The Agricultural Classification (Greenbelt) 101
As an agriculture agent, one question I get a lot is “How do I apply for the ag exemption?” Clients who ask this are typically referring to granting their property Agricultural Classification, more commonly referred to as “Greenbelt.” Agricultural classification is not technically a property tax exemption, but it can help to lower the overall tax you pay on your property.
The State of Florida requires that property is being used for a “bona fide agricultural purpose” to be eligible for agricultural classification. The actual laws pertaining to this can be found in both the Florida Statutes (193.461) and the Florida Administrative Code (12D-5). However, the laws are intentionally open-ended about what constitutes a “bona fide agricultural purpose” and the power to determine if your land will receive agricultural classification ultimately resides with your County Property Appraiser’s Office.
So what is the Property Appraiser looking for when determining the bona fides of your operation? The Florida Administrative Code gives us some clues, including a blessedly coherent definition:
12D-5.001 Agricultural Classification, Definitions. (1) For the purposes of Section 193.461, F.S.(NOTE: That's the Florida law that established the ag classification), agricultural purposes does not include the wholesaling, retailing or processing of farm products, such as by a canning factory. (2) Good faith commercial agricultural use of property is defined as the pursuit of an agricultural activity for a reasonable profit or at least upon a reasonable expectation of meeting investment cost and realizing a reasonable profit. The profit or reasonable expectation thereof must be viewed from the standpoint of the fee owner and measured in light of his investment.
Basically, properties that receive the Agricultural Classification are ones where the land is clearly being managed for the express purpose of making money through agriculture. Whether it’s a field of strawberries, a greenhouse nursery, or a plot of planted pines, the important thing is the plants are an investment that is being actively managed with the intent to make a profit.
The Florida Administrative Code gives further guidelines to Property Appraisers. It tells them what information they can use to determine if a parcel of land qualifies for agricultural classification. These guidelines include, but are not limited to:
- Expert opinions
- The landowner’s occupation or business (however, this can’t be considered over and above the actual use of the property)
- If the land on the property is suitable for agriculture (i.e. nobody is going to grant you Greenbelt if you say you want to grow hay in a canyon)
- How likely you are to be able to, in a reasonable time, grow a crop that is capable of being sold and sell it
- Other factors including, but not limited to, zoning, the character of the surrounding area (urban vs rural), the agricultural experience of the applicant, amount of harvest for each crop, existing agricultural equipment/buildings and their condition.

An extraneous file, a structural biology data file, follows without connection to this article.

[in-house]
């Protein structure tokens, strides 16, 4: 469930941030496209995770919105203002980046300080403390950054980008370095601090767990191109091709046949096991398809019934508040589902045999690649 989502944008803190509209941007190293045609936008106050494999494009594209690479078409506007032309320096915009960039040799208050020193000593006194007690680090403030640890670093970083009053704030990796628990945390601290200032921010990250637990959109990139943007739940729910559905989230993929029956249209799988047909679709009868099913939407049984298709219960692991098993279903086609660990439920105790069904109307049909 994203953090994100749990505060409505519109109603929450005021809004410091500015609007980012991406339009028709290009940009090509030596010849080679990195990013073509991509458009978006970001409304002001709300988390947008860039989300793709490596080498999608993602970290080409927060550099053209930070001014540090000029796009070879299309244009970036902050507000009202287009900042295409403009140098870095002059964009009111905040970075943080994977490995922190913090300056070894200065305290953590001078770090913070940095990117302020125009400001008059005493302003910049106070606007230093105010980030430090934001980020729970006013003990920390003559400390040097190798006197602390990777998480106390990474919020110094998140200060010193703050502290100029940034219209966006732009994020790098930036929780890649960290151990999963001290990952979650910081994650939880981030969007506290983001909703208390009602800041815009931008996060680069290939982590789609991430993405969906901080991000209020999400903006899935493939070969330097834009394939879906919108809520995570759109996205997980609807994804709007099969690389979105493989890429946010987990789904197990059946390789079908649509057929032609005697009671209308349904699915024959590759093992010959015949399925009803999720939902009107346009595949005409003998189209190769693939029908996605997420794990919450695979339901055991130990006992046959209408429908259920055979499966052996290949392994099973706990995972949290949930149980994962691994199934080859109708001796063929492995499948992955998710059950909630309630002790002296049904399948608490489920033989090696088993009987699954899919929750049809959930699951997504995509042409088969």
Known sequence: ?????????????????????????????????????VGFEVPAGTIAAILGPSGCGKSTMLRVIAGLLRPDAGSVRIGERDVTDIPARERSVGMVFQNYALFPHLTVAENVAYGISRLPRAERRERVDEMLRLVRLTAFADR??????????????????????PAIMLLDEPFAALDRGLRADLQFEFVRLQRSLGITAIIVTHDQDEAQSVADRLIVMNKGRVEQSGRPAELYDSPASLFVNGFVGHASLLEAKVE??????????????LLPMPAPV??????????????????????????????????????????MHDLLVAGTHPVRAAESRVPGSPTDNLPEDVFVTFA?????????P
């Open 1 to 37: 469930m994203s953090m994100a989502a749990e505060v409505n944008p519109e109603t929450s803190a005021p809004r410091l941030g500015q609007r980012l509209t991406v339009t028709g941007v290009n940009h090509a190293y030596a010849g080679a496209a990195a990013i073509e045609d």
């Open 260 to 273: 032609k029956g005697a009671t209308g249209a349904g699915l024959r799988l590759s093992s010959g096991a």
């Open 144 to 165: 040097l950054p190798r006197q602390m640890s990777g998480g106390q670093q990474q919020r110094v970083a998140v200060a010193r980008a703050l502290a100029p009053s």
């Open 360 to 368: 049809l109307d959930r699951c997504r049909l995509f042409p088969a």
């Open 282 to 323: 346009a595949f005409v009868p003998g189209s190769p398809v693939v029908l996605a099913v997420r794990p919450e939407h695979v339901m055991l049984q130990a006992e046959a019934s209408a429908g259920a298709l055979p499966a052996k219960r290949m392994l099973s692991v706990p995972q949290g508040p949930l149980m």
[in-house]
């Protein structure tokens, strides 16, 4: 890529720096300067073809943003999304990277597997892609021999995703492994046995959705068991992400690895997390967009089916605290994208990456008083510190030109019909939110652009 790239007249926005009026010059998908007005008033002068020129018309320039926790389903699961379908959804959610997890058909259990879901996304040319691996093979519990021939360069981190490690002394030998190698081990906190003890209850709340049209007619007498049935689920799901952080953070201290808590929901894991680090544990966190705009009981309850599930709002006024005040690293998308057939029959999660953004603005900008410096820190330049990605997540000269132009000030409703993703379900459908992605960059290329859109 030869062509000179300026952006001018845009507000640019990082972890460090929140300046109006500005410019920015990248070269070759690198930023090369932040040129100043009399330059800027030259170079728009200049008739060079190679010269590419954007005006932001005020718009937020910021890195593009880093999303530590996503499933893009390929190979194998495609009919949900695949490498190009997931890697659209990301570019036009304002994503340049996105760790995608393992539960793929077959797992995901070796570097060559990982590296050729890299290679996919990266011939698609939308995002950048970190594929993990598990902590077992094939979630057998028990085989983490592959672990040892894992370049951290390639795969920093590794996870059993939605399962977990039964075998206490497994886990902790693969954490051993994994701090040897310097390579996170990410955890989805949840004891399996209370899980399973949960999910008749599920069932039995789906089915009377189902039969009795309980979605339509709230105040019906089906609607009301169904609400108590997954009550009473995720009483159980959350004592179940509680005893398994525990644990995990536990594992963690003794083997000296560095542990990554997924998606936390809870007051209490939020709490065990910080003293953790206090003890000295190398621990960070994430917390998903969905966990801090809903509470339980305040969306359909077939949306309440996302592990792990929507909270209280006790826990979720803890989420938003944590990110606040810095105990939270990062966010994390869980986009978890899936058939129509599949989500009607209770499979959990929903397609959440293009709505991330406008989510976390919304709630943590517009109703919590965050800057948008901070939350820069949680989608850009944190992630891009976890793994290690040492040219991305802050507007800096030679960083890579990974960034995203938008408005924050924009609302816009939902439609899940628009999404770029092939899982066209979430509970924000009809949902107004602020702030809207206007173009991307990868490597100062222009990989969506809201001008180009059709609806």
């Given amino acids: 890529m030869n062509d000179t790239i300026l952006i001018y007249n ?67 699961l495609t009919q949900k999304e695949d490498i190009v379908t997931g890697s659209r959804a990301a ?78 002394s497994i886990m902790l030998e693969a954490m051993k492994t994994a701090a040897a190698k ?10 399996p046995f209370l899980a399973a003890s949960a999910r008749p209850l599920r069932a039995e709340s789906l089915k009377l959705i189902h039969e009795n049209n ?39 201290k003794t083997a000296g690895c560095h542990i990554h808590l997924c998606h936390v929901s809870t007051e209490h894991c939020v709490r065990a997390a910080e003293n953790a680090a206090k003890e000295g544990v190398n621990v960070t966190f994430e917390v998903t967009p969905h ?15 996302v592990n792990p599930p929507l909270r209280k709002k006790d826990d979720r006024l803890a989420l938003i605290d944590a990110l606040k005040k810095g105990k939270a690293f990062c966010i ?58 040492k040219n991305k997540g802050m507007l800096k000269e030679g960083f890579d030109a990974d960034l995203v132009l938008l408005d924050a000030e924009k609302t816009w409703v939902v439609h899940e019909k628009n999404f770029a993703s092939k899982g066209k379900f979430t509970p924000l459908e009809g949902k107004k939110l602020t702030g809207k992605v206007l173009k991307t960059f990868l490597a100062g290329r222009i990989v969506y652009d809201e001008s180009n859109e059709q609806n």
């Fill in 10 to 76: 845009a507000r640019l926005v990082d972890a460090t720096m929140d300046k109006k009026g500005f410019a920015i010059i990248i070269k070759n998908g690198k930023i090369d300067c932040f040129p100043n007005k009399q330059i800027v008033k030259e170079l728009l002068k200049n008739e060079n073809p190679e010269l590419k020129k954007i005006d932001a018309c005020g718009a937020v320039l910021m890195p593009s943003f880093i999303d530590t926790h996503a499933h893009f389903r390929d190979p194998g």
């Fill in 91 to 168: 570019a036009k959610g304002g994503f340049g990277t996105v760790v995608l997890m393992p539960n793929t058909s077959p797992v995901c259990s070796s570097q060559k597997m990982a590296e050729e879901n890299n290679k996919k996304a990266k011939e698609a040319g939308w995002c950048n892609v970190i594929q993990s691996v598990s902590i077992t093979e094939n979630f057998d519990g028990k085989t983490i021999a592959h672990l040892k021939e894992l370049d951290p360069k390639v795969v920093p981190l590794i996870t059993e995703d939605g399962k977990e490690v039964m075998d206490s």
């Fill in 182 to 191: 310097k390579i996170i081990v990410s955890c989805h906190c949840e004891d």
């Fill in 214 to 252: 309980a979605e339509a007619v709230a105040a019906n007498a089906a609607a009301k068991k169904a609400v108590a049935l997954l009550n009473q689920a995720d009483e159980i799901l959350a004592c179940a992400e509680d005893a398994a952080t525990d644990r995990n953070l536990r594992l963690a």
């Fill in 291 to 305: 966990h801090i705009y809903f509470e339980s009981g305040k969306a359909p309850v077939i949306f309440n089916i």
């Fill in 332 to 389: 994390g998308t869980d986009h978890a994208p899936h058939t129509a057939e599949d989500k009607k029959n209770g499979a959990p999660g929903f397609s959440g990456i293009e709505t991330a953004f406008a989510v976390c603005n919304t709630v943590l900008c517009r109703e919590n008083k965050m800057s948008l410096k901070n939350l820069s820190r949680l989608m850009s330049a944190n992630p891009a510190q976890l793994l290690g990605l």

There are a few things that Property Appraisers are not allowed to factor into their decision. For example, they may not deny agricultural classification just because you have a home within the agricultural area, nor may the agricultural classification disqualify the land for homestead exemption.
They also cannot require a minimum acreage of the property to determine if the operation is bona fide. This makes sense because different agribusinesses require different acreages to make a profit. An acre of hay is unlikely to generate a profit, but an acre of greenhouse tomatoes has a terrific chance. Though they can’t assign a blanket minimum acreage (e.g. “No parcels under 5 acres may be considered”), they can take acreage into account when assessing if the acreage you are attempting to classify is reasonable with respect to what you intend to do with it.
I’m a bona fide operation. What now?
If you believe you are eligible to receive agricultural classification, you have until March 1st each year to submit your application. The land must have been in agricultural use since at least January 1st of the same year you apply. Since agricultural classification does not change hands during a land sale, growers who have purchased existing farmland will also need to apply.
Your first step should be to contact your County Property Appraiser’s Office. Each county office will have its own guidelines and requirements and will also have the necessary forms. Many have this information on their websites. If you are a new farmer, it’s a good idea to have a business plan in place to help answer questions such as how you intend to sell your product. If you’ve never planned an agricultural business before, the UF/IFAS Small Farms and Alternative Enterprises Website has a wealth of information to get you started.
Sumter County Property Appraiser’s Office – http://www.sumterpa.com/
Pasco County Property Appraiser’s Office – https://www.pascopa.com/
Hernando County Property Appraiser’s Office – https://www.hernandopa-fl.us/pawebsite/
Florida Statutes referring to the Agricultural Classification – http://www.leg.state.fl.us/statutes/index.cfm?App_mode=Display_Statute&URL=0100-0199/0193/Sections/0193.461.html
Florida Administrative Code section referring to the Agricultural Classification – https://www.flrules.org/gateway/ChapterHome.asp?Chapter=12D-5
UF/IFAS Small Farms and Alternative Enterprises Website – https://smallfarm.ifas.ufl.edu/